Animal Footprint Molds: Making Animal Track Casts With Kids

Animal Pawprints In The Mud
(Image credit: Pi-Lens)

Every parent knows that it’s best to keep the kids busy and a fun, educational project is making casts of animal tracks. An animal tracks activity is inexpensive, gets the kids outside, and is easy to do. Plus, making animal track casts or footprint molds is a great teaching opportunity, so it’s a win/win. Read on to learn how to make animal track molds.

Materials for Making Animal Track Casts

Only a few materials are needed for making casts of animal tracks:

  • plaster of Paris
  • water
  • plastic bag or container
  • something to stir with
  • bag to bring the animal footprint molds home in

Optionally, you will also need something to surround the animal track to contain the plaster of Paris as it sets. Cut rings from a plastic soda bottle or the like. A small shovel will be handy as well to lift the set animal footprint molds up out of the soil. 

How to Make Animal Track Molds

Once you have all of your materials together, it’s time to take a walk in an area with animal track activity. This can be a wild animal area or area for domestic dog walking. Look for an area with a loose, sandy soil. Clay soil tends to lead to broken animal footprint molds.

Once you locate your animal tracks, it’s time to make casts. You will need to work relatively quickly, as the plaster sets up in about ten minutes or less.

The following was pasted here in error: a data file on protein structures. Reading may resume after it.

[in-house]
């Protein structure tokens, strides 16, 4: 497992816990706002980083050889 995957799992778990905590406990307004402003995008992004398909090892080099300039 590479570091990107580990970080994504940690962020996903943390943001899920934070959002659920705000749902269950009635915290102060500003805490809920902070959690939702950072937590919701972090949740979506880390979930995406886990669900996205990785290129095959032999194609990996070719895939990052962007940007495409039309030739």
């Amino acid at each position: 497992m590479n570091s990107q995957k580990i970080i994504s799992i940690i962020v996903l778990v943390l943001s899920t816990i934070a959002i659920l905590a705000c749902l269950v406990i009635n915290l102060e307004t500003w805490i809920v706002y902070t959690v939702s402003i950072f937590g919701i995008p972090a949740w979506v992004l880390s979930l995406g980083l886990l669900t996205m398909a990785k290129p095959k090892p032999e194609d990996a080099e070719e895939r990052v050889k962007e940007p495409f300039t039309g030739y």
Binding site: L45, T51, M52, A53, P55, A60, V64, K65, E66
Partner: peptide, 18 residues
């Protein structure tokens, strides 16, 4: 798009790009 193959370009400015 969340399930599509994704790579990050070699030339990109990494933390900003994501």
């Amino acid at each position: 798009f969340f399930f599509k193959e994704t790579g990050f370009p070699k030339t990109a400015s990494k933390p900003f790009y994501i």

• First, set your plastic ring over the animal track and press it into the soil.
  • Then, mix the plaster powder with water in a container you brought or in a plastic bag until it is the consistency of pancake mix. Pour this into the animal track and wait for it to set. The length of time depends on the consistency of your plaster of Paris.
  • Once the plaster has set, use the shovel to lift the animal casts out of the soil. Place in a bag to transport home.
  • When you get home, wash the soil off the casts of animal tracks and cut off the plastic ring.

That’s it! This animal track activity is as simple as it gets. If you are going to a wildlife area, be sure to arm yourself with a book on animal tracks to aid in identification and, of course, be safe!

Amy Grant

Amy Grant has been gardening for 30 years and writing for 15. A professional chef and caterer, Amy's area of expertise is culinary gardening.